Knowledge Network

Banking on the cloud

Banking on the cloud

Arindam Mukherjee, Vice-President - Sales (BFSI), Cisco India and SAARC

The 'digital ecosystem' surrounding a bank today is exploding at a pace never seen before. The reason for this is two-fold. First, consumers are leading the way, forcing banks to offer what they want. Secondly, with consumers embracing a mobile lifestyle and socializing on digital platforms, they expect banks to connect with them on the same platforms.

Banks are seeking to transform their product offerings, channels and customer service to reflect the demands of the changing consumer - connected, impatient, empowered and demanding services that meet their individual and social needs. For this, banks need to integrate business processes with advanced analytical capabilities driving continuous refinements to processes, services and products in real-time.

These tectonic shifts, which include facets such as mobile banking through near-field communication (NFC) or mobile wallets and geo-localization, will define the banking experience over the next 5 to 10 years.

Banks are increasingly relying on the power of the cloud to achieve their objectives and manage current market challenges. The shifts are occurring in phases, sometimes in parallel, through distinct adoption curves in process and complexity. The three 'waves' of cloud adoption by banks that we see are as follows:

Taking non-core operations to the cloud
Adoption of cloud models generally has greatest impact in the parts of the value chain where there is minimal differentiation. Cloud computing can provide banks with new lower-cost operating models thanks to greater automation, virtualization and a massive scale-out option with the ability to outsource a number of non-core activities.

Potentially, it is possible for all non-core banking data in the country to be virtualized within a federated cloud that has the necessary security levels to meet compliance requirements. This way, banks can be sure of where their data is located and also ensure simplification of their back-office processes such as email, office/workforce productivity, internal collaboration, not directly involving sensitive customer data. These cloud services can be also be extended to activities such as check clearing, credit card processing, procurement and HR processes.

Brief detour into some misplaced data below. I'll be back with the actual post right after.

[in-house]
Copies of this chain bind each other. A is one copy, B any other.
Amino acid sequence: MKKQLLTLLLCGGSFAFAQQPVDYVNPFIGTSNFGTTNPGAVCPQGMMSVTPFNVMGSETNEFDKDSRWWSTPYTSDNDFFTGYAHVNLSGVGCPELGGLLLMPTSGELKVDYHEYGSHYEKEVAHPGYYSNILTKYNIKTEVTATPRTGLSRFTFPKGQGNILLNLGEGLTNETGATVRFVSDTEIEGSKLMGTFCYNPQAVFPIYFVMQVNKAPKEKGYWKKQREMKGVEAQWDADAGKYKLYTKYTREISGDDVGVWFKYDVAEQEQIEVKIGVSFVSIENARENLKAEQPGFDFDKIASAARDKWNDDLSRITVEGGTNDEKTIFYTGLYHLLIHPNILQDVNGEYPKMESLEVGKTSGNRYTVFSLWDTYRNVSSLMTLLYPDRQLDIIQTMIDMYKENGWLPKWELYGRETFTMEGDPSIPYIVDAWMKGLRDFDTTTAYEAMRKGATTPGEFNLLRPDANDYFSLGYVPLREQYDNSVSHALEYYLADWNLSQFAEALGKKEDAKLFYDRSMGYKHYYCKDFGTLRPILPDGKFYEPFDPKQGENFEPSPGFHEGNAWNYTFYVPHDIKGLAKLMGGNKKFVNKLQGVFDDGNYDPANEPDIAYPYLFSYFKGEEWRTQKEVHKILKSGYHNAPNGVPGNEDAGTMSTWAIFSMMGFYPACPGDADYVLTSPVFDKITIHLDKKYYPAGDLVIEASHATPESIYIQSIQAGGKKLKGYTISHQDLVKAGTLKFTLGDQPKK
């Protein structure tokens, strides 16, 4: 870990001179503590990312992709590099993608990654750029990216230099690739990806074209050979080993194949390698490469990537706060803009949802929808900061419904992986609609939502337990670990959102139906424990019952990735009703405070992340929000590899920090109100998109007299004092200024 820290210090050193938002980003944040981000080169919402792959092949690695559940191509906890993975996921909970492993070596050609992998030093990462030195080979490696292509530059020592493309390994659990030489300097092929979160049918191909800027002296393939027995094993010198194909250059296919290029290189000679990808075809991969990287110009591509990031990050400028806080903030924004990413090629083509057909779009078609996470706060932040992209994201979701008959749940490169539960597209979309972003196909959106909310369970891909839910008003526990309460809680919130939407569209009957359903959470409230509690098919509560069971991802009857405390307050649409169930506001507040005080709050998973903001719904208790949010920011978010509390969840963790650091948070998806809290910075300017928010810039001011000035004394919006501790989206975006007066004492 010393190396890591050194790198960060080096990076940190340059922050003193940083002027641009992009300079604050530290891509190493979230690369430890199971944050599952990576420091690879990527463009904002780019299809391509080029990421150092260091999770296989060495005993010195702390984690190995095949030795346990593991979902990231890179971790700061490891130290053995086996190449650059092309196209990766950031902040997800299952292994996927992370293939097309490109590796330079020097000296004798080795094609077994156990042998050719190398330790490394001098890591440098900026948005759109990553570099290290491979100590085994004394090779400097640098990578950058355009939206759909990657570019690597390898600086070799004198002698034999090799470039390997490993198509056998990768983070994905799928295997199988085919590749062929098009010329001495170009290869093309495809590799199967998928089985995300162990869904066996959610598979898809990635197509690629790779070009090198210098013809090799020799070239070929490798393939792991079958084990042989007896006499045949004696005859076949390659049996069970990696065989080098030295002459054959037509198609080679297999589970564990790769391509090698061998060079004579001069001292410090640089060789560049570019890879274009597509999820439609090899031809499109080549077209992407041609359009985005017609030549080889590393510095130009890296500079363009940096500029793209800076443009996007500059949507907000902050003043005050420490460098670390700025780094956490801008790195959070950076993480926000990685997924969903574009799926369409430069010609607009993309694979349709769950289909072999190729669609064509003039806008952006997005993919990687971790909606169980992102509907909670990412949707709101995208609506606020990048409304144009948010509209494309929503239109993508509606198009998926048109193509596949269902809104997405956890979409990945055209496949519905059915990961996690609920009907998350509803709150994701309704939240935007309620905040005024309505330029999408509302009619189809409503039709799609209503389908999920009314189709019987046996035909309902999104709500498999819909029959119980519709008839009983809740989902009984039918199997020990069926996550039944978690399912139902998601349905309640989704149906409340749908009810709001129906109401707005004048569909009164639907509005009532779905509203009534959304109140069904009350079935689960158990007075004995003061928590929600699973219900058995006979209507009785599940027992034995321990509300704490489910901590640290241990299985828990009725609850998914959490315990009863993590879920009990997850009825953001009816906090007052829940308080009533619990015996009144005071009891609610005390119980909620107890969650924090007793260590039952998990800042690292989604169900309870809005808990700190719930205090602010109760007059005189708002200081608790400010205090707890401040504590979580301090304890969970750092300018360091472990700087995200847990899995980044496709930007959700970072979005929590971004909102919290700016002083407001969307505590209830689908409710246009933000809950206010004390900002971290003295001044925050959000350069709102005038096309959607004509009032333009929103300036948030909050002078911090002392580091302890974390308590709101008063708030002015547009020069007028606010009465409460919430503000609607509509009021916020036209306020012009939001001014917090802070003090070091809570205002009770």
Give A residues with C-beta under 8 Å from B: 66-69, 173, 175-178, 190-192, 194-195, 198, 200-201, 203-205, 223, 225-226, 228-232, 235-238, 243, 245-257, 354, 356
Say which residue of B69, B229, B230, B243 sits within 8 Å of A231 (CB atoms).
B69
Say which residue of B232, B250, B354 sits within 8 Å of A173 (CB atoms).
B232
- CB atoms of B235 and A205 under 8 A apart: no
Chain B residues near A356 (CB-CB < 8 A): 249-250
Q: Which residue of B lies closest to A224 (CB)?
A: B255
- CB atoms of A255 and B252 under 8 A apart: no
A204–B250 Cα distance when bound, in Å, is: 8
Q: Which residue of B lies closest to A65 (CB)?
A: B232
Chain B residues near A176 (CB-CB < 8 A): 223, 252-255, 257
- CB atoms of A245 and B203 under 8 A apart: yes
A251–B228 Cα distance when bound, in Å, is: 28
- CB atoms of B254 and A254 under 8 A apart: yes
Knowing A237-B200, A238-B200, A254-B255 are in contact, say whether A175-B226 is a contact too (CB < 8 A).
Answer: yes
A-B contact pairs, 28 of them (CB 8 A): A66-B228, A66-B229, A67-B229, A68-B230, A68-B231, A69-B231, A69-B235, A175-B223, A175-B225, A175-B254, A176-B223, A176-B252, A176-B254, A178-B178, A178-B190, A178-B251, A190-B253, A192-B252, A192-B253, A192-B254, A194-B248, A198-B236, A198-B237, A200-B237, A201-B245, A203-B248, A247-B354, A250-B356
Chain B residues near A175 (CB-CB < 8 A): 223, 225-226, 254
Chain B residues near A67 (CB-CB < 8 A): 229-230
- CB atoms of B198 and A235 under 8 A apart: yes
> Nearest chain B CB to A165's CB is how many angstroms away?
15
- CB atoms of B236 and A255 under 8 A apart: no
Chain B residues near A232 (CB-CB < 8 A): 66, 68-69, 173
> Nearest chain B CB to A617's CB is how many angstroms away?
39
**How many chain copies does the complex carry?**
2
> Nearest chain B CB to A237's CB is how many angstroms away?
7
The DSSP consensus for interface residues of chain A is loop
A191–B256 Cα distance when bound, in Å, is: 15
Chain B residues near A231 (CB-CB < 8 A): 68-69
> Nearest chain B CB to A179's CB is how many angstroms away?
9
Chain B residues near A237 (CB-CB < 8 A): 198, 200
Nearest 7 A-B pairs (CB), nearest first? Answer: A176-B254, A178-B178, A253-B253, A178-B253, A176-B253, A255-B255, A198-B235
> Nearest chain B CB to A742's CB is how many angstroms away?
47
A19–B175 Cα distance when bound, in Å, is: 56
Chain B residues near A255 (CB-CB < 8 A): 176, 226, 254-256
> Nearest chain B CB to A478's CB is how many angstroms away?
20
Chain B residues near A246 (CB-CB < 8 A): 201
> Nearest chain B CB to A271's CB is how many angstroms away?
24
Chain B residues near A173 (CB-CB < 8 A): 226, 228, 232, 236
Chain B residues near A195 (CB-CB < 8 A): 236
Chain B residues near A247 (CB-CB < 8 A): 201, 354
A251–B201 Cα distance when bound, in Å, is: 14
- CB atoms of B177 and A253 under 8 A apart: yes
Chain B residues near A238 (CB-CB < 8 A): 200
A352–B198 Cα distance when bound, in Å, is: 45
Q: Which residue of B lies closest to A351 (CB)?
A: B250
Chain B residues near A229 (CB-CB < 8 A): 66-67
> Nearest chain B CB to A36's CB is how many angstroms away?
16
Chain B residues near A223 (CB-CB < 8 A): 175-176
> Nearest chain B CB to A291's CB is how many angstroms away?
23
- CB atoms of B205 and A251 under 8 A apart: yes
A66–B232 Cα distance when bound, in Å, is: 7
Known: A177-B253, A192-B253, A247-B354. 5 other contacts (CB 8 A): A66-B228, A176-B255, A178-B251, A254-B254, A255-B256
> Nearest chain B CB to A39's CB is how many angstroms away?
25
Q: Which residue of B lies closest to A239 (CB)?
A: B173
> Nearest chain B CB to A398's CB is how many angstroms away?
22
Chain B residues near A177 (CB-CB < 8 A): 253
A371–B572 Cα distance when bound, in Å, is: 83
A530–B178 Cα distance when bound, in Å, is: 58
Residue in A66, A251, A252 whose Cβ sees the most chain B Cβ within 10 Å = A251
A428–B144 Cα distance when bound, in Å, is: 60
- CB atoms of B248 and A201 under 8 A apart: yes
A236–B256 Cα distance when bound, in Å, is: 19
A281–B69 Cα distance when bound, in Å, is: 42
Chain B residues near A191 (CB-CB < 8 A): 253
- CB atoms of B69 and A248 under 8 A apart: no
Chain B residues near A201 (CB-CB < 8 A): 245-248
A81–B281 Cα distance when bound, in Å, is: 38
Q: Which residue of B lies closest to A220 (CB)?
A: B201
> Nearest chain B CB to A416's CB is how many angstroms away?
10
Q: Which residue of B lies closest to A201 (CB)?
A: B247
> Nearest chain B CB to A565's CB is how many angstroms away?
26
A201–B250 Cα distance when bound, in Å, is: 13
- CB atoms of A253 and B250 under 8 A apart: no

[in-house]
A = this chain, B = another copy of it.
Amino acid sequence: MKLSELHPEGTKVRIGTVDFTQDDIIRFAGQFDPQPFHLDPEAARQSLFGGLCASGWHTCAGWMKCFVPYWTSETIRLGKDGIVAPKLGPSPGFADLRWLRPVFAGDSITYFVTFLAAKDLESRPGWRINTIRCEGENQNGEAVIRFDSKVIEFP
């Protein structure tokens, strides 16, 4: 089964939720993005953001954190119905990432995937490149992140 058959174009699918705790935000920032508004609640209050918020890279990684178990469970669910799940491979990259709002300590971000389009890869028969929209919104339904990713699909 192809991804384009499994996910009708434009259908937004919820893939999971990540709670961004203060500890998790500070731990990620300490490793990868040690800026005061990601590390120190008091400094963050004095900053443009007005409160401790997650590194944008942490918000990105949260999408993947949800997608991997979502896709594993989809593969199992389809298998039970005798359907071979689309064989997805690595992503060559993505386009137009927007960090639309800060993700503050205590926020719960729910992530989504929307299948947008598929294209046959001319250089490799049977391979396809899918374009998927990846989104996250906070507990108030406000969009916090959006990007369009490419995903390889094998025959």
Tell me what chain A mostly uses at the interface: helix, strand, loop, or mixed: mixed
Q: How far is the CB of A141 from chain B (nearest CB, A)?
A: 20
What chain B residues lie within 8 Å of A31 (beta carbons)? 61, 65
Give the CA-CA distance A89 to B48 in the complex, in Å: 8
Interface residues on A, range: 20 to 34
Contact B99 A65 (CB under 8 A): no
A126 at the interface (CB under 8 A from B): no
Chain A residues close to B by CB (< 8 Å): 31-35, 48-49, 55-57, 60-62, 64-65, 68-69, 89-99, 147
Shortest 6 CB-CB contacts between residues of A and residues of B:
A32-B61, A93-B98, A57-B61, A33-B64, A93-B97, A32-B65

Single-tenant private clouds ensure security
Today, banks are still reluctant to entrust sensitive customer and financial data to third-party public cloud services providers. Data privacy and regulations also prohibit storage and processing of customer data outside national borders. Banks are also wary of the potential threats such as breach of privacy due to brief outages in ATM operations, fraud monitoring or credit card processing. However, present-day banks have proved to be more willing to incorporate single-tenant cloud solutions into their core banking activities. Cloud models that are being executed at different levels of the technology stack range from IaaS, via SaaS and PaaS, to BPaaS.

This new normal will challenge banks' traditional ways of translating their business requirements into IT solutions. It will also dramatically reshape the role of IT and require a new governance model, skills, behaviors and ways of sourcing IT infrastructure. Irrespective of the model, cloud computing will help banks to break down existing silos, decouple physical from virtual IT and separate production from distribution - to boost business agility and customer responsiveness.

Social media to transform consumer banking
Core banking products such as checking accounts are increasingly undifferentiated. The real differentiation lies in the pricing and bundling for consumers. Some banks might locate their product engine in a cloud, while retaining a unique and sophisticated bundling capability that pulls together and combines cloud-based components in responsive, collaborative and dynamic bundles relevant to specific customers. Cloud-enabled digital wallets carrying a range of different services on smartphones is another high-potential area, although this will require agreements with various telcos over customer ownership.

As banks become more customer-centric, they will invest in social media tools and create social enterprise strategies to connect with their audiences and get insights into their personal social profiles. This information can then blend with the banks' own customer/transaction information and other public, location and web behavioral data to get a 360-degree view of the customer. This, in turn, enables banks to generate and deliver relevant offers on a timely - even real-time - basis via the customer's preferred channels.

Cloud enables new and bundled services to be rolled out faster and almost every bank stands to gain significant benefits whether by partnering with cloud-based providers or on a stand-alone basis. The future holds a lot of promise. For instance, banks in emerging markets can use cloud computing to reach their unbanked populations by leap-frogging physical branch networks and moving straight to electronic and mobile banking. The possibilities are endless!

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